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Thursday, 5 December 1974
Page: 3248


Senator Townley asked the Minister representing the Minister for Labor and Immigration, upon notice:

(   1 ) Is it possible for the wife of a university professor, who is already in receipt of a sizeable private income, to apply for, and receive, a re-training grant; if so, what means test is applied in respect of such a person.

(2)   For how long is a recipient permitted to study under the re-training scheme.

(   3 ) Over what period of time can a grant be received.

(4)   Is a recipient of a re-training grant eligible to apply for another grant if he, or she, changes his or her mind on the completion of the original re-training period.

(5)   Are recipients of grants required to undertake any work in the field for which they were re-trained.


Senator Bishop - The Minister for Labor and Immigration has provided the following answer to the honourable senator's question:

(   1 ) NEAT is intended to assist persons unemployed for various reasons, those facing unemployment or other persons experiencing difficulties .I,:es in obtaining satisfactory employment. Persons a1 j/ed Ibr training under NEAT may be eligible for training allowances. As under the employment training schemes introduced by the previous Government and in accordance with the recommendation of the Tripartite Committee of Inquiry into Labour Market Training, training allowances are not subject to a means test. However, as previously announced, training allowances paid under NEAT arc liable for income tax.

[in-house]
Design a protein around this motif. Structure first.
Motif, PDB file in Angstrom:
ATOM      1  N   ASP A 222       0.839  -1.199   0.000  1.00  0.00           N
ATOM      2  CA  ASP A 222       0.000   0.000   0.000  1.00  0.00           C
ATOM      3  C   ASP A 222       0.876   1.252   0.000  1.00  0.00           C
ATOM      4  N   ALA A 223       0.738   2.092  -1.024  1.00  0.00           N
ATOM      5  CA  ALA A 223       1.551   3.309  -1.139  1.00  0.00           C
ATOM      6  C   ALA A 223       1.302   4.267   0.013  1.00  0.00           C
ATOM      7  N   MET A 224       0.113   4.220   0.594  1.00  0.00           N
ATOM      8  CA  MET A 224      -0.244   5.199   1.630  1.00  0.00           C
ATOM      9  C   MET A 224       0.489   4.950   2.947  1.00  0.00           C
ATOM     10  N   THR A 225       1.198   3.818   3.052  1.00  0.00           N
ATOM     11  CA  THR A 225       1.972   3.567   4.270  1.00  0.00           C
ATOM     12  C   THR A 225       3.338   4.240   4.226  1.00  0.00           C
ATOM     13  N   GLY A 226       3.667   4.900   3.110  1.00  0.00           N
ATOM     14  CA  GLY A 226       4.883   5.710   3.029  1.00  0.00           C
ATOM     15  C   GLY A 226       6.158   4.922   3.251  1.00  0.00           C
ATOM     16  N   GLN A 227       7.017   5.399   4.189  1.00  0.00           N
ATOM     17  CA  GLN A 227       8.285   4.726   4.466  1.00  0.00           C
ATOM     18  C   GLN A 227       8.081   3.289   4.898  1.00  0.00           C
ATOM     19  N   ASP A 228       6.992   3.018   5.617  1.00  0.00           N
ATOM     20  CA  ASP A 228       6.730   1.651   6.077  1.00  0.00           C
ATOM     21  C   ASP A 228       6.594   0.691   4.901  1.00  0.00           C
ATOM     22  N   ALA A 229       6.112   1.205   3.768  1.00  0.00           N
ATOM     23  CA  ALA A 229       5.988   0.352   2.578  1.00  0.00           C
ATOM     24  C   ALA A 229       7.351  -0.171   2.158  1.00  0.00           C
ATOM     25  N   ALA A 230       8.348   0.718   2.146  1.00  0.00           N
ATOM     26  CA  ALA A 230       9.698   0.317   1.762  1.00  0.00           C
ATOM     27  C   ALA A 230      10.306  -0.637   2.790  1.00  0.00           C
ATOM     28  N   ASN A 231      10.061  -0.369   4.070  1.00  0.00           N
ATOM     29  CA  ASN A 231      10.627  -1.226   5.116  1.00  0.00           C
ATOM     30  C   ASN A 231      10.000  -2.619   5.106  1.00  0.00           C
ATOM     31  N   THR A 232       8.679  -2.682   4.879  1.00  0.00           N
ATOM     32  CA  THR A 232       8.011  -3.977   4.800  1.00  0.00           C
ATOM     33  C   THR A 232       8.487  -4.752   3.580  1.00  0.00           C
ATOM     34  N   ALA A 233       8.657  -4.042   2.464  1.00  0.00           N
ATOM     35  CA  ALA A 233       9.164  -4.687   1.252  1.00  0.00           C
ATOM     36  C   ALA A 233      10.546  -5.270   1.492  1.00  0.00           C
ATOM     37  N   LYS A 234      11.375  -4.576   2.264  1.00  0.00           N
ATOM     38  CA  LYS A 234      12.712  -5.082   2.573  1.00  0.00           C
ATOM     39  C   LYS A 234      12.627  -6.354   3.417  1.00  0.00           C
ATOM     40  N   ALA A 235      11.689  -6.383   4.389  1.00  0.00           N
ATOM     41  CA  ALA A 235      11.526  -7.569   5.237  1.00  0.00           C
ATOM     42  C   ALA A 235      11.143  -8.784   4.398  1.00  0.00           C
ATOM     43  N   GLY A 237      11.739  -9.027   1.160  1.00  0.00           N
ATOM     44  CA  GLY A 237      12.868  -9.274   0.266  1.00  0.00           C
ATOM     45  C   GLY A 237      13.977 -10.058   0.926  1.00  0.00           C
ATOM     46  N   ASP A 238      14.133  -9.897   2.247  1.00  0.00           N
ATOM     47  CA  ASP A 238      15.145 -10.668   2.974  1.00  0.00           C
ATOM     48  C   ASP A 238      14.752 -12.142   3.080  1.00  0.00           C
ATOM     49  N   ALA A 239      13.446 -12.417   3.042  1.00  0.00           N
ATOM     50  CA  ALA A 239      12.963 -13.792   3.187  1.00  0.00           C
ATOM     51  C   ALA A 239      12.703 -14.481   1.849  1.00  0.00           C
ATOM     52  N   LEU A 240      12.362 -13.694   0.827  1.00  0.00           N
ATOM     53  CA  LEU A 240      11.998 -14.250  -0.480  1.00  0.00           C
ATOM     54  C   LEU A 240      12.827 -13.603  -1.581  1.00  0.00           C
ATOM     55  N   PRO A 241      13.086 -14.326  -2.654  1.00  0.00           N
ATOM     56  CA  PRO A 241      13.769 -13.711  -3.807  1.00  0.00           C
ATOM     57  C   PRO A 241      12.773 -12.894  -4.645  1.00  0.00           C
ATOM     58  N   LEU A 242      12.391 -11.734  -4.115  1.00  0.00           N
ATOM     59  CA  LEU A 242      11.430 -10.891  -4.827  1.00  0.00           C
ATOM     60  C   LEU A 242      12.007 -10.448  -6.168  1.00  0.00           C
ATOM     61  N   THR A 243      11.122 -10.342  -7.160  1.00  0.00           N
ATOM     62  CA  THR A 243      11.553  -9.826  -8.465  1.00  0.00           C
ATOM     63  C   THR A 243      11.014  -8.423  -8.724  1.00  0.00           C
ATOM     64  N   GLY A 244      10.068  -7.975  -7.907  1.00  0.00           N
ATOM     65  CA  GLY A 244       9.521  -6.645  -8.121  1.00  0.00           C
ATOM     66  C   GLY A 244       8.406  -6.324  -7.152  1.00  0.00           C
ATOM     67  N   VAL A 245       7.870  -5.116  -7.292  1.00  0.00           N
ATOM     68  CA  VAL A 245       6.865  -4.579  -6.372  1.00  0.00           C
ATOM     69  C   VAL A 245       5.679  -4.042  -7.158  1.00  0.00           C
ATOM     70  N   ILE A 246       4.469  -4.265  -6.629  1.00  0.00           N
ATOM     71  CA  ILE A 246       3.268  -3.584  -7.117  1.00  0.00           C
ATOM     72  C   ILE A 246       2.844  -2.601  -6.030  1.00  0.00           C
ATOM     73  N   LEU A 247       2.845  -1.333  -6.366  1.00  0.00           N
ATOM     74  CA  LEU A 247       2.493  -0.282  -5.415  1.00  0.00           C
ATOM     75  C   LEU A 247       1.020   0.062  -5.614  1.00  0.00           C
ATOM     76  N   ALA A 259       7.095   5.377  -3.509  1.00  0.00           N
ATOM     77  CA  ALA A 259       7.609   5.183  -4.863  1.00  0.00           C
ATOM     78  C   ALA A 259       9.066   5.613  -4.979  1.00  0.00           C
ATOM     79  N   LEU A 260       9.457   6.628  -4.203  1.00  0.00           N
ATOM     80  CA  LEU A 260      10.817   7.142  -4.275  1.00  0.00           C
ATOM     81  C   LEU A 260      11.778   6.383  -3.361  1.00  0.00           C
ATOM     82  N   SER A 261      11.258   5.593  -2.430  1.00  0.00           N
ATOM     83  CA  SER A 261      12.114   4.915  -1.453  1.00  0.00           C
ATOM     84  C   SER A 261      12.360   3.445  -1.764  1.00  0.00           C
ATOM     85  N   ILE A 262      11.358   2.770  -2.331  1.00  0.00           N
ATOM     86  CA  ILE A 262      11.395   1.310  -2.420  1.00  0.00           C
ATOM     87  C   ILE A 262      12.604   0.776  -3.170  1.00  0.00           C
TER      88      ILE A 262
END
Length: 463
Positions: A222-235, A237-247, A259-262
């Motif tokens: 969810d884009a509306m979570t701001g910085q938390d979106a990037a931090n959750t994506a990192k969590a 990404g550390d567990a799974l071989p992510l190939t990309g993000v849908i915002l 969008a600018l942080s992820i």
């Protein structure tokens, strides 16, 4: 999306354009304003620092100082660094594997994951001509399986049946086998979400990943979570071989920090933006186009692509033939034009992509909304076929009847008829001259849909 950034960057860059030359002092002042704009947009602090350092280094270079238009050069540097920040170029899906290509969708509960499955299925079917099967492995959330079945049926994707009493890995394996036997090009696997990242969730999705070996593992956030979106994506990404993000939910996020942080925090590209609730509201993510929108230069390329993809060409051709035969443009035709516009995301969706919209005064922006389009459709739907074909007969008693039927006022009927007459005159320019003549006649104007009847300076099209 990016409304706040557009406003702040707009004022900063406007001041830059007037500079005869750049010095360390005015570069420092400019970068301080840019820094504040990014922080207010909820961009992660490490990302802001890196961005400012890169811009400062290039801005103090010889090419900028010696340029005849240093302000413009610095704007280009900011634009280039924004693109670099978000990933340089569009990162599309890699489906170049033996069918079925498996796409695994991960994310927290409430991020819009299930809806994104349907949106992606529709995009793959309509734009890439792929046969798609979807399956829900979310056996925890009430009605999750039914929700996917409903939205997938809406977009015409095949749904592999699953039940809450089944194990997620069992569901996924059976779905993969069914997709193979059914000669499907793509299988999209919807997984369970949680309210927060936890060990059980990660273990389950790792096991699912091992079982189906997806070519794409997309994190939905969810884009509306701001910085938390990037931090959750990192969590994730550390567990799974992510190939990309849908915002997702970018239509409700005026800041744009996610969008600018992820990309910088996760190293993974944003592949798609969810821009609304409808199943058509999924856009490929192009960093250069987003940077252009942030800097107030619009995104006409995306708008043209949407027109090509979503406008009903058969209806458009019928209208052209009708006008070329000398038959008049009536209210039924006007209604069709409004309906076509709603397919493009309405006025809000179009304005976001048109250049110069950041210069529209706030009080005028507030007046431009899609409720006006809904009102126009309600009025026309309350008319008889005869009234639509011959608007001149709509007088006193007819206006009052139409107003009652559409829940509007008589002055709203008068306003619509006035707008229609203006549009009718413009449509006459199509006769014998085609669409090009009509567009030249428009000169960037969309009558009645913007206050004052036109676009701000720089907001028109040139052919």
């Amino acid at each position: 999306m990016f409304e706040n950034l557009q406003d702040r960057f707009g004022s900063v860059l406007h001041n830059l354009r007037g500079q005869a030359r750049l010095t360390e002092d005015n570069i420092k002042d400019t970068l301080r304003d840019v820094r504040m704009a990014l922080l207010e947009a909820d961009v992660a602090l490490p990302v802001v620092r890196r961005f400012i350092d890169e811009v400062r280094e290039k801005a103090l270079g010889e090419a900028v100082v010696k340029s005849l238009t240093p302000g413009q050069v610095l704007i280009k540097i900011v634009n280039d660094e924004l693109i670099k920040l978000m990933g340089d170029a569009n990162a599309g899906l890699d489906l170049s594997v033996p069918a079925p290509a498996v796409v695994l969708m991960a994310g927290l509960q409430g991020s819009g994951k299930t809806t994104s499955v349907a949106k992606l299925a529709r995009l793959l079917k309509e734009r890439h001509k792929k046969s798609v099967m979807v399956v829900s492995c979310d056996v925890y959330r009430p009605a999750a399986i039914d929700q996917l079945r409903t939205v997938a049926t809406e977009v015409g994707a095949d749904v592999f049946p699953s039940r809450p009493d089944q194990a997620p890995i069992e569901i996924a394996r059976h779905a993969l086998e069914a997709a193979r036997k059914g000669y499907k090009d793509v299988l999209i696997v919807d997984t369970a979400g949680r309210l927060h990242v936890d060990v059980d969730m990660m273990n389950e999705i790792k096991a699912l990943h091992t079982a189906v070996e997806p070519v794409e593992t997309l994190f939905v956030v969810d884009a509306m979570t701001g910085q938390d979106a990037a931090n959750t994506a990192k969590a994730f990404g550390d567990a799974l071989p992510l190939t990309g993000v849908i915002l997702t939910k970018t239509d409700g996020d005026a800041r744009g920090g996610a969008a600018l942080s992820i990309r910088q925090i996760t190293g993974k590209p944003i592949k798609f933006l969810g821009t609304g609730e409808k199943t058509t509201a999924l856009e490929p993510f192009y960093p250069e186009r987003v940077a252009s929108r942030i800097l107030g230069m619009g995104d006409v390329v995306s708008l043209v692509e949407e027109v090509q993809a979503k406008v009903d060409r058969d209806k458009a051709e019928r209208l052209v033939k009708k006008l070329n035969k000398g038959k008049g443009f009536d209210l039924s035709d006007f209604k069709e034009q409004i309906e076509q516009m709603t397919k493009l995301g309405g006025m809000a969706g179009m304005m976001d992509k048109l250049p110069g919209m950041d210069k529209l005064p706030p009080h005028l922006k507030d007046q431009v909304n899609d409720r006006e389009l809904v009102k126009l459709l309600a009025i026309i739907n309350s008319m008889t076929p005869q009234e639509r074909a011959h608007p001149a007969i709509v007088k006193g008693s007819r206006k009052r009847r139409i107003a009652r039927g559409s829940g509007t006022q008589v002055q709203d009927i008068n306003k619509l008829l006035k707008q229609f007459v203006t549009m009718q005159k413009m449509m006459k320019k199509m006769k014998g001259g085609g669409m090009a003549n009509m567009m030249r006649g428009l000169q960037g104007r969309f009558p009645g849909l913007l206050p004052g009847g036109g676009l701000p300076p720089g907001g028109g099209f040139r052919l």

(2)   Periods of training are determined according to the length of time needed for a trainee to attain the level of skills required to find suitable employment. Past experience has been that average periods of training are less than 12 months.

(3)   Training allowances are paid for the duration of the approved training period subject to the trainee making satisfactory progress.

(4)   No. Persons are not eligible for assistance in these circumstances.

(5)   Trainees are expected to enter employment on completion of training and the services of CES are made available to assist them find suitable employment. The great majority of trainees enter training related employment, but they cannot of course be compelled to do so.

Indian Ocean: Maritime Reconnaissance Squadrons


Senator Bishop -On 20 November 1974 Senator Drake-Brockman asked me, as Minister representing the Minister for Defence, a question without notice relating to patrols by maritime reconnaissance squadrons in the Indian Ocean.

The Minister for Defence has provided me with the following information:

Aerial surveillance patrols are conducted in the wider maritime spaces of the Indian Ocean. These patrols use as appropriate, Western Australian bases of Learmonth and Pearce, as well as others, for example Edinburgh in South Australia.